Flexible Loan
The lender gives you a credit limit which allows you to then decide how much you need to borrow, when you want to borrow it, and how much you repay each month. You will probably pay a higher rate of interest than with a regular fixed rate loan. However, the interest with a flexible loan is calculated daily on the outstanding balance, so if you make an over-payment you will immediately reduce the overall amount you pay.

working out finances Gross income
Your income before any deductions have been made, particularly tax.

Guarantor
A person who agrees to guarantee the debts of another. If the borrower fails to make his/her payments then the guarantor will be obliged to make those repayments.

Hire Purchase
The buyer pays an initial deposit and takes possession of the goods. After all the instalments are paid over a specified period the ownership passes to the purchaser.

Home Income Plan
This allows homeowners, especially the elderly, to release the equity that they have in their home without having to sell it. There are two types of Home Income:
Reversion - the property is sold to an insurance company, but the owner remains in residence and is paid an income. When the owner dies, the life insurance company takes over the property. Annuity - a mortgage, or re-mortgage is secured on the property. The proceeds are used to purchase an annuity to produce an income. With annuities the older you are then the higher the income you can achieve, so home income plans are more appropriate for people in their 70's.

Inflation
The general rise in prices across the economy over a year.

Inheritance tax
A tax payable by your heirs on any gifts in the seven years before death, and on the value of assets when he or she dies – this is exempt between a husband and wife, or to charity.

Interest rate
The percentage rate at which interest is charged on a loan, or paid out on savings. The rate will vary according to the base rate and the type of loan or savings plan.

ISA
An individual savings account – allows UK residents over 18years old to save up to £7,000 in each tax year without paying extra income tax.

IVA
An Independant Voluntary Agreement is a formal arrangement between you and your creditors - set up by a licensed insolvency practitioner - whereby you agree to make reduced payments towards the total amount of your debt, in order to pay off a percentage of what you owe.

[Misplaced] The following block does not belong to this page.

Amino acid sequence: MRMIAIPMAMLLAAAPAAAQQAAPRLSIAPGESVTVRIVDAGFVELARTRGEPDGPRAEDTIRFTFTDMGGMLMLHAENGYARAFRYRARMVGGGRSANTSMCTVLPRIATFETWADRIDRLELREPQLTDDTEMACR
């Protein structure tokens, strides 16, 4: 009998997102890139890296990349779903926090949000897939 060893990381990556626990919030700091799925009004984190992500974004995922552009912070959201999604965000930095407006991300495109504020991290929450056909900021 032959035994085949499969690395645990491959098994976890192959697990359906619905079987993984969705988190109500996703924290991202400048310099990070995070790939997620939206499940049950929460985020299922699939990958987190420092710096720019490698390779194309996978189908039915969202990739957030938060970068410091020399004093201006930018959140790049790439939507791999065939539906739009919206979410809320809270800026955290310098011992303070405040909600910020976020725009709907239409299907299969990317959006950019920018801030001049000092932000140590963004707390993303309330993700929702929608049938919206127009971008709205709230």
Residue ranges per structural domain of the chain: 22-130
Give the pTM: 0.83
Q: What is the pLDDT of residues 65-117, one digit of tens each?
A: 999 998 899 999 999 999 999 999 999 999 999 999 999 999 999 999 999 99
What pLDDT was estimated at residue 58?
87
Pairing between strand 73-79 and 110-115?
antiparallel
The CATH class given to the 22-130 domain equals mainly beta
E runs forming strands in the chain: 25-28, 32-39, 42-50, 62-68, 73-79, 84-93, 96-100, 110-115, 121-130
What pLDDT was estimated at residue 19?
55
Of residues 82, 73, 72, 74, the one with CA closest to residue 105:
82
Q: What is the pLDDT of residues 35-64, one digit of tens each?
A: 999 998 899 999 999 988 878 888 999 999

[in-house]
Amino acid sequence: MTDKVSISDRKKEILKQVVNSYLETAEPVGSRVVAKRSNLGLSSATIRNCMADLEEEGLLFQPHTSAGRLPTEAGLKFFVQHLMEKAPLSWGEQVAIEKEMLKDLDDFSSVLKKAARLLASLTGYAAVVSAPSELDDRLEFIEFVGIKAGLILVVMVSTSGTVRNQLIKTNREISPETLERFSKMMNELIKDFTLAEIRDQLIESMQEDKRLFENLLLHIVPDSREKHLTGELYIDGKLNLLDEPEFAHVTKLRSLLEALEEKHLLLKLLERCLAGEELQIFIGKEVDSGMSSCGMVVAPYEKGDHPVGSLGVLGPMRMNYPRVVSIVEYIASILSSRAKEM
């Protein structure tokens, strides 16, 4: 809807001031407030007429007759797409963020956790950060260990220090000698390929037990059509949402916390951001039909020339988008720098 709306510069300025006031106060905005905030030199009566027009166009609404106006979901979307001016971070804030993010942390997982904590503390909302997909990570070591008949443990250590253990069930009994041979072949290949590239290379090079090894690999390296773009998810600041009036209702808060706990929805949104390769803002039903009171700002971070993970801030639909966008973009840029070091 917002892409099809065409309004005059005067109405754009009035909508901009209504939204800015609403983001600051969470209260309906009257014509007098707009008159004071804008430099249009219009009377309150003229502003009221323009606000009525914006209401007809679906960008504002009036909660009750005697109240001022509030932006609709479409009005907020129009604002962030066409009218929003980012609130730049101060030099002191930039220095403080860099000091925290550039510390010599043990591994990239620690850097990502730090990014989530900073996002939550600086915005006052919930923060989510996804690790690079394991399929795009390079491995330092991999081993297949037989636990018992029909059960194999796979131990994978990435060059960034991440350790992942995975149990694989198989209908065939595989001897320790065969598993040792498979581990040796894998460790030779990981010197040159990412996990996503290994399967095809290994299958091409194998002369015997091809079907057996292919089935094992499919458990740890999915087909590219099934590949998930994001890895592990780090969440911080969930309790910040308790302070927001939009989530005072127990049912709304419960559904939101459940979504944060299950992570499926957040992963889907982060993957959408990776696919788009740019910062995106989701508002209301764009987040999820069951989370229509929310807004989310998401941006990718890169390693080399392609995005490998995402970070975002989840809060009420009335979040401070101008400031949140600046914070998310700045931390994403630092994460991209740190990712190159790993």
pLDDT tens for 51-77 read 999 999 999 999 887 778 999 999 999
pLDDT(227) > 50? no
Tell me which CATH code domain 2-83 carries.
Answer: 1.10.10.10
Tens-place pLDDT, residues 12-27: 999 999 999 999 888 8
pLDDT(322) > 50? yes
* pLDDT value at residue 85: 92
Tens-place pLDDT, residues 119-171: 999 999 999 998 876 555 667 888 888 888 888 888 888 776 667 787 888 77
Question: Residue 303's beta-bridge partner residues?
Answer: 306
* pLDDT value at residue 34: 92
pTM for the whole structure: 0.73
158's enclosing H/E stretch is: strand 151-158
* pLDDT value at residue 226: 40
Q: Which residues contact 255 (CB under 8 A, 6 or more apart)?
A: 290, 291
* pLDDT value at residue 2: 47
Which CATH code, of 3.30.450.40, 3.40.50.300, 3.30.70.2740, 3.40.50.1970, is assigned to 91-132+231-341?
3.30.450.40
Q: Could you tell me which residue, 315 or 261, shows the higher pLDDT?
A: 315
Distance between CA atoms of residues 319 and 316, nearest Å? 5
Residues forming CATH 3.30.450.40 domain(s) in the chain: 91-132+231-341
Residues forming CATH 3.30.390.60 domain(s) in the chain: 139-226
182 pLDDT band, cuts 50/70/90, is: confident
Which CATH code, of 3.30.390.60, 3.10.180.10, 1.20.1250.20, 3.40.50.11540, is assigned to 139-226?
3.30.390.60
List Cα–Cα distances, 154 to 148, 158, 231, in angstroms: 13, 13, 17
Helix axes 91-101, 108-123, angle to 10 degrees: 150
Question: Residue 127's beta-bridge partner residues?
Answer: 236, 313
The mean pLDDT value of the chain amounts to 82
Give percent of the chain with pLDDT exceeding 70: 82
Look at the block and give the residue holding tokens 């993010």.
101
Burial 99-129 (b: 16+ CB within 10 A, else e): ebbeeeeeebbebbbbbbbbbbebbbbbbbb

Broke?Liabilities
The debts of a person or company.

Life Assurance
This pays out a lump sum when the policyholder dies and is advised to protect large commitments, such as a house mortgage.

Liquidation
When a company ends - through being unable to pay its debts, or if it ceases trading.

Loan
An advance of money from a lender to a borrower over a set period of time. The borrower is obliged to repay the loan, usually monthly, with interest. There are many different loan options suitable for varying circumstances: Secured, Unsecured, Debt Consolidation, Bridging, Flexible, etc

Net interest
The interest on your savings after tax at basic rate has been deducted.

Offset
To set one amount against another, such as a repayment against a debt. Offset mortgages set your current account balance and savings against your borrowing. This can pay your mortgage off faster and reduce your interest payments.

Personal Loan
A loan from a lender to a borower for personal use, such as the purchase of a car, holiday, home improvements, etc. A Personal Loan can be Unsecured or Secured.

RPI
The Retail price index is an index of the average price of consumer goods and services used to measure the rate of inflation. This differs from the CPI in that it includes housing costs, such as: council tax, mortgage interest payments, house depreciation, buildings insurance, etc

Secured Loan
This loan is secured on your property by the lender. This ensures the lender is minimising the risk of losing the money, and as a result is able to offer a Secured Loan at a lower APR than an Unsecured Loan. A Secured Loan may be easier to obtain even with a bad credit history, such as arrears or county court judgements.
With secured loans you should be aware that your home is at risk if you do not keep up repayments on a mortgage or other loan secured on it.

Self assessment
All taxpayers are obliged by law to maintain records of all income and capital gains, and need to complete a self assessment if you are: self-employed, a company director, a business partner, an employee with 'complicated' tax affairs, such as capital gains or you pay the higher tax rate, etc.